Our WordPress Hosting tries to keep a stable modern LEMP stack (Linux, Nginx, MariaDB, PHP). At the time of writing, we are still using PHP version 7.2 rather than the latest 7.3. With the new version available for some time, we are now getting the occasional query on when we plan to update.
The short answer is… soon.
To give a more in-depth answer to this question, and a look at why we haven’t already updated let me introduce you to package management on Linux.
Linux package systems
One of the amazing things about a Unix based operating system, such as CentOS 7.4 which is the Linux distribution we use in containers for sites, is that almost any piece of software designed to work on one distribution can be compiled to work on another.
Indeed in the early days (and for some even today) if you wanted to install software you would do something like:
And provided you have the relevant dependencies already installed, something to build your software such as GCC, and time, your software would compile and be ready to go.
Excellent! Except it never goes according to plan.
Inevitably you will be missing a dependency, something will need changing in the makefile or some other small but irritating problem will rear its head. It made for a good day when you tried to compile something and it just worked.
Distributions soon realised that compiling packages was time-consuming and error-prone so most started including package managers, such as apt-get for Debian based distros and yum/rpm for Red Hat based ones, which include CentOS.
Instead of compiling the software yourself, these package managers connect to repositories (normally referred to as
Package managers also have the advantage that they take care of installing all the dependencies for you, again by installing the precompiled binaries of the dependencies.
Package managers massively simplify the installation of software and as a consequence they are heavily relied upon by everyone.
One of the main reasons to pick a distribution like Red Hat or its derivative CentOS is access to its
The slow pace of this cycle though is not exactly suited to that fast-paced world of hosting. For instance, the version of PHP available to Red Hat customers from the default repository is 5.4. While PHP 5.4 is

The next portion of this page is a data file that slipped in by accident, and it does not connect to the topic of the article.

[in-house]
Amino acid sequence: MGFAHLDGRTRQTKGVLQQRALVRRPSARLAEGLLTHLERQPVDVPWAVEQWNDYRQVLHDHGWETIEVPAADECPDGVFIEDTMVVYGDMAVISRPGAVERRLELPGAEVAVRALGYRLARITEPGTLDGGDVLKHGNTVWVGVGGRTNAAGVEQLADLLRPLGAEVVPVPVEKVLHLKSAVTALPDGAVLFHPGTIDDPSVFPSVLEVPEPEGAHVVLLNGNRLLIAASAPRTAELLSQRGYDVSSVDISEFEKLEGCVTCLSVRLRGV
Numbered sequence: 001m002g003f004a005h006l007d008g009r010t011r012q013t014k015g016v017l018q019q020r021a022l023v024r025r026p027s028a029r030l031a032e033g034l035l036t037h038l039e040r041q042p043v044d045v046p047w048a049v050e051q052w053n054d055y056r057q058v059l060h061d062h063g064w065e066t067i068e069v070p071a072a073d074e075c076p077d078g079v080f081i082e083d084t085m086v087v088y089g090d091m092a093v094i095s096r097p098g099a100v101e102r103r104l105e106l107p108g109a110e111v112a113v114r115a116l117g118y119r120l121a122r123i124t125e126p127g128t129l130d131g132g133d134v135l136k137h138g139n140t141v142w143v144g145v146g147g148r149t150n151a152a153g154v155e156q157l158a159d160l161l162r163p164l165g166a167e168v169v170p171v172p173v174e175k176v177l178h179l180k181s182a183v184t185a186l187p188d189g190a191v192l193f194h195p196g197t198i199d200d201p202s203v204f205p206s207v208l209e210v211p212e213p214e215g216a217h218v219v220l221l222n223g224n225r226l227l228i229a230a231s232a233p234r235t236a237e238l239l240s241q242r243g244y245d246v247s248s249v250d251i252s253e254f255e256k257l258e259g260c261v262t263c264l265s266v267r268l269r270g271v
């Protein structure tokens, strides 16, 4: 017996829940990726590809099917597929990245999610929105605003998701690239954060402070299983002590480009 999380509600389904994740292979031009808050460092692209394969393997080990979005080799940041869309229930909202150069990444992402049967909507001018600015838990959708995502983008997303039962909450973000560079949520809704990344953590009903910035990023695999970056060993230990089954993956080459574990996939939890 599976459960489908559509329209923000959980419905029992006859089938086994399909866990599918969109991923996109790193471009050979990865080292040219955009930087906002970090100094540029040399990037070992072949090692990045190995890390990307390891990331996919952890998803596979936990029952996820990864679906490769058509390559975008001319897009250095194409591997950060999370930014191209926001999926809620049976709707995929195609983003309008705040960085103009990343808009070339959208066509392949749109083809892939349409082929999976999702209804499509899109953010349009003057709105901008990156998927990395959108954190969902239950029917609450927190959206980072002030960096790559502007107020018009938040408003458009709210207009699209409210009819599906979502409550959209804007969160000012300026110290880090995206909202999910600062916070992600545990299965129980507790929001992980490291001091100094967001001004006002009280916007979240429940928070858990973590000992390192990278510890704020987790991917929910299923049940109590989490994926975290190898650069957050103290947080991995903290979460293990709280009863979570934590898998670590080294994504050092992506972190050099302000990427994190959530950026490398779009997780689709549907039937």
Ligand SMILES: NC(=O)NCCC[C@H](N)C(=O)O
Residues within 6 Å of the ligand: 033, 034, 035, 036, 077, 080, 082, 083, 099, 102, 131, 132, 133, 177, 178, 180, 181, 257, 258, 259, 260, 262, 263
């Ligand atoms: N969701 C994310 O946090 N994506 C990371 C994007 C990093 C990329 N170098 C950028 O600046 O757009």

To get around the slow nature of Red Hat release cycles, you can add other repositories beyond the base ones. For
Each time you add a new repo to your package manager you are adding a new source for packages to be downloaded and placing a huge amount of trust in the repo’s provider. As such it is very unwise to use any old repo for getting access to packages without a bit of vetting.
When it comes to selecting
If a package does exist in
If all else fails we will compile and manage the package ourselves via an internal repository. Where practical we will avoid this as it means we have to maintain and manage each package individually and dedicate human resources to keeping those packages up to date and tested.
By limiting the number of
So where is PHP 7.3?
As detailed above, we use the IUS repo for managing PHP, giving
Normally when a new release comes out, IUS runs a little bit behind. That’s ok; it gives us a chance to test things behind the scenes while we wait for the package to appear. Back in December 2018 when PHP 7.3 was released, we noted its release and looked at the best way to deploy it in Q1 2019. Unlike lots of our infrastructure, upgrading PHP versions requires more time. Because WordPress core and plugins are written in PHP any deprecation or changes to the codebase can have a direct knock-on effect to clients’ code. As such we look to see how many sites would be affected by a new version and get in touch to prepare those sites for the new release.
Unusually, PHP 7.3 didn’t appear in the IUS stable repo. We kept an eye on it but were happy to just update when it was ready. We were not going to update until after the WordPress 5.2 update which had some PHP 7.3 compatibility fixes included. WordPress 5.2 came and went and we started to get concerned.
Meanwhile, IUS were undertaking some changes to their infrastructure which will ultimately mean a new, more streamlined service. PHP 7.3 is one of the first packages on the new infrastructure and has been available in the testing repo for a while but still hasn’t yet been flagged as stable.
All indications are that it is
As of last week, it looks like IUS are about to move PHP 7.3, or more specifically 7.3.7, into the stable repo. We will do another round of testing and begin contacting clients who will need to make code changes.
Once that is done, we will be rolling out 7.3 across our WordPress Hosting stack, just in time for the release of PHP 7.4!
Should there continue to